Is “Bottom Up” Science Possible?

Research projects waste millions or billions of euros, so is it conceivable and possible for amateurs to operate serious scientific research in their garage or at their home desk?

Can you imagine that individual amateur scientists or small groups of people, bringing together the fun of science, may create new findings in scientific disciplines where yet professional teams of researchers have hundreds of members?

And finally, how it should be possible that such leisure scientists can pursue the knowledge of a discipline accurately and that they produce interesting new knowledge based on these latest findings?

A few weeks ago nature wrote [1] about the potential of the garage biologists, and in a specially written editorial [2], the editors emphasized the importance of amateur researchers for professional scientists. Even in the field of modern biology new, serious research is achievable with straightforward, affordable private lab-equipment. There are similar possibilities in astronomy and earth sciences.

Maybe soon the vast amounts of data the LHC is producing are available on the Internet. Then any interested person can even plunge into the waters of the sea of data and search for the Higgs particle – or whatever she or he hope to find in the collision data of the millions of elementary events.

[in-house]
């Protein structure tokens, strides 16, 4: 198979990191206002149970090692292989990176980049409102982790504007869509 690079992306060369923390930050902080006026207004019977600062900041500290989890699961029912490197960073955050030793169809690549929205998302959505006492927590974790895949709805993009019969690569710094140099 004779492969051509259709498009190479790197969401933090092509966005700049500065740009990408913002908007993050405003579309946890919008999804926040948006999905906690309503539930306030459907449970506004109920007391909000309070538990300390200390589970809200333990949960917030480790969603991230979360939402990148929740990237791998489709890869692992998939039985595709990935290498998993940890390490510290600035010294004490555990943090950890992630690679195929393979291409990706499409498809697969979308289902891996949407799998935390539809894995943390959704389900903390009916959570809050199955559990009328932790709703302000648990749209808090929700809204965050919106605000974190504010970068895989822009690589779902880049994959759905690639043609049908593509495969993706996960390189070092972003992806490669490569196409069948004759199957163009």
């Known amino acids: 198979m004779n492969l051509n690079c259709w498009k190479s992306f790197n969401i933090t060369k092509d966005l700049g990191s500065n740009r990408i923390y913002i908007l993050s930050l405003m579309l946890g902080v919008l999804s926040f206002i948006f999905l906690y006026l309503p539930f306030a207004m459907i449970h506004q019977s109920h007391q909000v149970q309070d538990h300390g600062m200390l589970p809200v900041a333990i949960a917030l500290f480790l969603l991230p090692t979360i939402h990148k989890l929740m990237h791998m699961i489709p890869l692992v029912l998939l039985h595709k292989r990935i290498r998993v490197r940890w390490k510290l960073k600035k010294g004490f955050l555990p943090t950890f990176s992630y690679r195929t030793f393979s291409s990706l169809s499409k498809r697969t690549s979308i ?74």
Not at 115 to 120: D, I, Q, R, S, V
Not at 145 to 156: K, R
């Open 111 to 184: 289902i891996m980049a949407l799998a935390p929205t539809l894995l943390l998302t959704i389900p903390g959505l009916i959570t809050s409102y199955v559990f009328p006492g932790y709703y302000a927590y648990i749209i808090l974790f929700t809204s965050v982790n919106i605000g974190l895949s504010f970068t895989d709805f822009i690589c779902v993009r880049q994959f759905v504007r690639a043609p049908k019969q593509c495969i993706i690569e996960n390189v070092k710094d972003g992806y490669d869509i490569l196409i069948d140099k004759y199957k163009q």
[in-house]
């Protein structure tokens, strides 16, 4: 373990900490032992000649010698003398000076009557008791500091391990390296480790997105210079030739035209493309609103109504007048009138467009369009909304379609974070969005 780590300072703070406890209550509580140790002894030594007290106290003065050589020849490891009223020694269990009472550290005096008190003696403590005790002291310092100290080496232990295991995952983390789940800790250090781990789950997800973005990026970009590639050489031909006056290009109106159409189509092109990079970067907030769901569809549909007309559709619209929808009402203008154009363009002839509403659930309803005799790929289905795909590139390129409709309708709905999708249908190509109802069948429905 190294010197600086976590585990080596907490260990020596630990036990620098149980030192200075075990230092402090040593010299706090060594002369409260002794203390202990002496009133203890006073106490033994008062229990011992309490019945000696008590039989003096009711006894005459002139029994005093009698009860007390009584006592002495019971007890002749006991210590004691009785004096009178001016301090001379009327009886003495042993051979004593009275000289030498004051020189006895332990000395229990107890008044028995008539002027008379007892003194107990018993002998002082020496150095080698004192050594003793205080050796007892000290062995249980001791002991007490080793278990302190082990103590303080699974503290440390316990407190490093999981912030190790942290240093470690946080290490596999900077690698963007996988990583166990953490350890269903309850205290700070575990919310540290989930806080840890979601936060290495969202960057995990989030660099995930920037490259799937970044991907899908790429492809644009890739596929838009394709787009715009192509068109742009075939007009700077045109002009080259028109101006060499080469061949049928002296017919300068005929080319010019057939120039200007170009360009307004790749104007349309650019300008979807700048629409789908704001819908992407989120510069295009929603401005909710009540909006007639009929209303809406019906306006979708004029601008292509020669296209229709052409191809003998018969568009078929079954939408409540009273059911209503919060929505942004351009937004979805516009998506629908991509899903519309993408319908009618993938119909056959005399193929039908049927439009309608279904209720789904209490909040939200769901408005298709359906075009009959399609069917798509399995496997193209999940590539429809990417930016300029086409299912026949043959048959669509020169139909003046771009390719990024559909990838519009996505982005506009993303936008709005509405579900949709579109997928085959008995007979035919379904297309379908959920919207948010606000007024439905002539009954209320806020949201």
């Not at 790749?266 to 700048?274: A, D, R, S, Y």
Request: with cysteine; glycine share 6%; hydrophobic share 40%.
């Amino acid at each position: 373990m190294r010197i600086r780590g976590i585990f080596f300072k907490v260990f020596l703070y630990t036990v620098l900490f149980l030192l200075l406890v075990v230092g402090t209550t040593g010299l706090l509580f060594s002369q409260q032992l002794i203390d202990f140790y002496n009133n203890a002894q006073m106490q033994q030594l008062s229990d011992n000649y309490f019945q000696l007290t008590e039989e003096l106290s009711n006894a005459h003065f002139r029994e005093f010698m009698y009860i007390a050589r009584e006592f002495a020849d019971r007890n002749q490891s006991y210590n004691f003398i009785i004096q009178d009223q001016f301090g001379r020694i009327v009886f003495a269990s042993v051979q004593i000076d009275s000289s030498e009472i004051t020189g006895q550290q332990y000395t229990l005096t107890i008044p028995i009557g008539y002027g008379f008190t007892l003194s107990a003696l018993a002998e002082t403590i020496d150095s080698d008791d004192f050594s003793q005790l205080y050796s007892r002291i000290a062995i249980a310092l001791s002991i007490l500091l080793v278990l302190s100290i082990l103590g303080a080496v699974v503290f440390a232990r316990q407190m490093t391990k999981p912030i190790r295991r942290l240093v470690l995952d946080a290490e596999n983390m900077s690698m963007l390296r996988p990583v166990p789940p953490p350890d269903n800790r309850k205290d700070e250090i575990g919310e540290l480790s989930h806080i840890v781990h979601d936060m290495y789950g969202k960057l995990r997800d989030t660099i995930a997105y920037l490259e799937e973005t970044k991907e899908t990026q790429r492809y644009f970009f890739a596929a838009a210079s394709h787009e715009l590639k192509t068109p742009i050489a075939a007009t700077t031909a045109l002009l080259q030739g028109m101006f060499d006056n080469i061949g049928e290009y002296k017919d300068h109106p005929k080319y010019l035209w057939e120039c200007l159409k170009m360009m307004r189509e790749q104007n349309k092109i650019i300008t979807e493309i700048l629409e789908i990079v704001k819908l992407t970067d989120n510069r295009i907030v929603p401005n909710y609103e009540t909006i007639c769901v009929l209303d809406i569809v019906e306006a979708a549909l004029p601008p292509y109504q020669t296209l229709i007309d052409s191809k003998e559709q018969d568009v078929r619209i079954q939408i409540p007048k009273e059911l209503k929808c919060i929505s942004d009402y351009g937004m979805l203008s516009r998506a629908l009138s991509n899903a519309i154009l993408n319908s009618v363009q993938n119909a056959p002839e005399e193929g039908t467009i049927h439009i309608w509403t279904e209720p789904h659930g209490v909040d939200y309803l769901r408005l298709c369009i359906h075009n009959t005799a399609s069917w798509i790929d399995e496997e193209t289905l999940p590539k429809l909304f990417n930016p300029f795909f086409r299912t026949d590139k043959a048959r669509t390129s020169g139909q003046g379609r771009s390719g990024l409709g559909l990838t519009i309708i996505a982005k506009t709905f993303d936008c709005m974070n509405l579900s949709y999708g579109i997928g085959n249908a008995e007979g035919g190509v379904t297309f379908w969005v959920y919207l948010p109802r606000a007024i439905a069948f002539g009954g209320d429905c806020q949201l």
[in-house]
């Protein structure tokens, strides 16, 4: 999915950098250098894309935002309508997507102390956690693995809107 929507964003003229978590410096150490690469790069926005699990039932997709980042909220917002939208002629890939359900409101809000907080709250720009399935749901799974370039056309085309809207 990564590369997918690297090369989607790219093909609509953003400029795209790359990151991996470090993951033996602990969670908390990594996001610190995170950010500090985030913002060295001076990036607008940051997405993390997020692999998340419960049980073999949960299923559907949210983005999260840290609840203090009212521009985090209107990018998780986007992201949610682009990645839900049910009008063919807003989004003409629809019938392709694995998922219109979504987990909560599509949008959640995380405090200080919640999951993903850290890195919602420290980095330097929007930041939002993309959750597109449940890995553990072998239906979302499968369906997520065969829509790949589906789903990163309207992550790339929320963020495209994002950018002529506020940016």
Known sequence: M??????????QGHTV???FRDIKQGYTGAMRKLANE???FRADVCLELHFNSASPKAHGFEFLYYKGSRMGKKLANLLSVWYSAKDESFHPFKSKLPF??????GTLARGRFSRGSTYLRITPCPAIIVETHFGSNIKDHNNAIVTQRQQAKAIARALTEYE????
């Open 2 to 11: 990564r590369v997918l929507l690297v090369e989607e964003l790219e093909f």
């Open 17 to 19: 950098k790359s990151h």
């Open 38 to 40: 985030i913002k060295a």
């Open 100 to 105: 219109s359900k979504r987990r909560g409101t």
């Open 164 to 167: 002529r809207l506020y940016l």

The work of these people, dedicated and fascinated by science, could have great benefit for professional scientists – and one can not start early enough implementing an effective network of professional science and freelancer research.

In addition, with the cloud technologies in the very near future not only everyone can access unlimited storage capacity and information (data, literature, the latest research results), but also the computing power of mainframes. The time when each of us may start his or here own climate simulation, is not far off.

Will we have then finally a real democratization of the knowledge society? Comes with these possibilities the domination-free discourse – or a new Babel, where everyone, not only based on its Wikipedia-knowledge but also through their own faulty simulations and large-scale experiments of friends, will be a bogus expert?

It all depends on how the conversation between science and society is developing, whether suspicion or trust will be cultured on both sides. If each side accepts the other’s expertise, their vision, their goals and their specific options and considered, then the knowledge society of responsible citizens is no more obstacles.

[1] Ledford H (2010). Garage biotech: Life hackers. Nature, 467 (7316), 650-2 PMID: 20930820

[2] Nature Editorial (2010). Garage biology. Nature, 467 (7316) PMID: 20930797

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